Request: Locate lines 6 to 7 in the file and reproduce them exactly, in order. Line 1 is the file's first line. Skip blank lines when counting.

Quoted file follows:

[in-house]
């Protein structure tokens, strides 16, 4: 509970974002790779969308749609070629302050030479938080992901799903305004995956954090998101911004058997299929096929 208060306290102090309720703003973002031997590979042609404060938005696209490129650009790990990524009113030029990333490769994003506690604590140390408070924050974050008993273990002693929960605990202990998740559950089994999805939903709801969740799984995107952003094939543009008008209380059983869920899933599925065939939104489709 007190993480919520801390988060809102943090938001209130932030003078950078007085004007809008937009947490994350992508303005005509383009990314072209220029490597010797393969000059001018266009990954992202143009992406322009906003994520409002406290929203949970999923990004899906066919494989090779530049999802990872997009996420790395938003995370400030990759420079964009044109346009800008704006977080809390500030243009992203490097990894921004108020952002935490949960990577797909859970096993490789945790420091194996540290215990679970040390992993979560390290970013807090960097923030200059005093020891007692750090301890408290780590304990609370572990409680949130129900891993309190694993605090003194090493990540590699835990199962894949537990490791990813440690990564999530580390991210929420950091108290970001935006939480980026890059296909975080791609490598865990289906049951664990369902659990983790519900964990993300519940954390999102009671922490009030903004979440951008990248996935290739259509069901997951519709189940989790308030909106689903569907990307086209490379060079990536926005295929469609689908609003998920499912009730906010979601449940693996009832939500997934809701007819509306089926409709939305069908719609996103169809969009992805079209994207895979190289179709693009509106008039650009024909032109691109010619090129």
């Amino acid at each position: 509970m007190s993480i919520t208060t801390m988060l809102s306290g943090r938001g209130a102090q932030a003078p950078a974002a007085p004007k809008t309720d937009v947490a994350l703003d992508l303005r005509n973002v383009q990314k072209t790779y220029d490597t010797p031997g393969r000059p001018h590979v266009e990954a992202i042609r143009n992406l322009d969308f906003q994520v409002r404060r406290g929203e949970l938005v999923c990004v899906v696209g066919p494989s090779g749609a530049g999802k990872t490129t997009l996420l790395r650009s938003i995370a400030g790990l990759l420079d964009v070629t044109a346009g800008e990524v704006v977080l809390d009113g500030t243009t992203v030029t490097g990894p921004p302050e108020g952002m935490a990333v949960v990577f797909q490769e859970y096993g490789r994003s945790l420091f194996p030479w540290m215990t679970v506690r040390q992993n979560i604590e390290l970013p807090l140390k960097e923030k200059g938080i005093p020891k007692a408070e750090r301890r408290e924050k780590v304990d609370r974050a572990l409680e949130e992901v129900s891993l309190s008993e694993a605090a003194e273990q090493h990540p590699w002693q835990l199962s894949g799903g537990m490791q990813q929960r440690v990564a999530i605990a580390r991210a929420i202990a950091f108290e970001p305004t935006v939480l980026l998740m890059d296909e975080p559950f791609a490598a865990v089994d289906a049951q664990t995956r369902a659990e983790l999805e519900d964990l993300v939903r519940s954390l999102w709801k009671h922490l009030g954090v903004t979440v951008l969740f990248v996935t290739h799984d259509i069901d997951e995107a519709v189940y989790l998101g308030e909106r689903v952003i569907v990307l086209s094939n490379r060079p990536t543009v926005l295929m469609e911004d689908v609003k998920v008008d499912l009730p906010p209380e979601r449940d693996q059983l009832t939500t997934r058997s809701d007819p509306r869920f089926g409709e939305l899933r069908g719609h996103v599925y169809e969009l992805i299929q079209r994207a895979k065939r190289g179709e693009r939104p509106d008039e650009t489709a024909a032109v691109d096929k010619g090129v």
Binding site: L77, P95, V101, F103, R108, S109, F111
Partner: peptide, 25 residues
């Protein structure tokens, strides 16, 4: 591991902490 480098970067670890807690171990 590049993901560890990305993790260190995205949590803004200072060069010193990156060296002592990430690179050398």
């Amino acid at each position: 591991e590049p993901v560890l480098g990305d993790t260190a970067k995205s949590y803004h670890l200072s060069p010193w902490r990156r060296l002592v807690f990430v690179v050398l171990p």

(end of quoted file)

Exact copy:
């Protein structure tokens, strides 16, 4: 591991902490 480098970067670890807690171990 590049993901560890990305993790260190995205949590803004200072060069010193990156060296002592990430690179050398």
């Amino acid at each position: 591991e590049p993901v560890l480098g990305d993790t260190a970067k995205s949590y803004h670890l200072s060069p010193w902490r990156r060296l002592v807690f990430v690179v050398l171990p």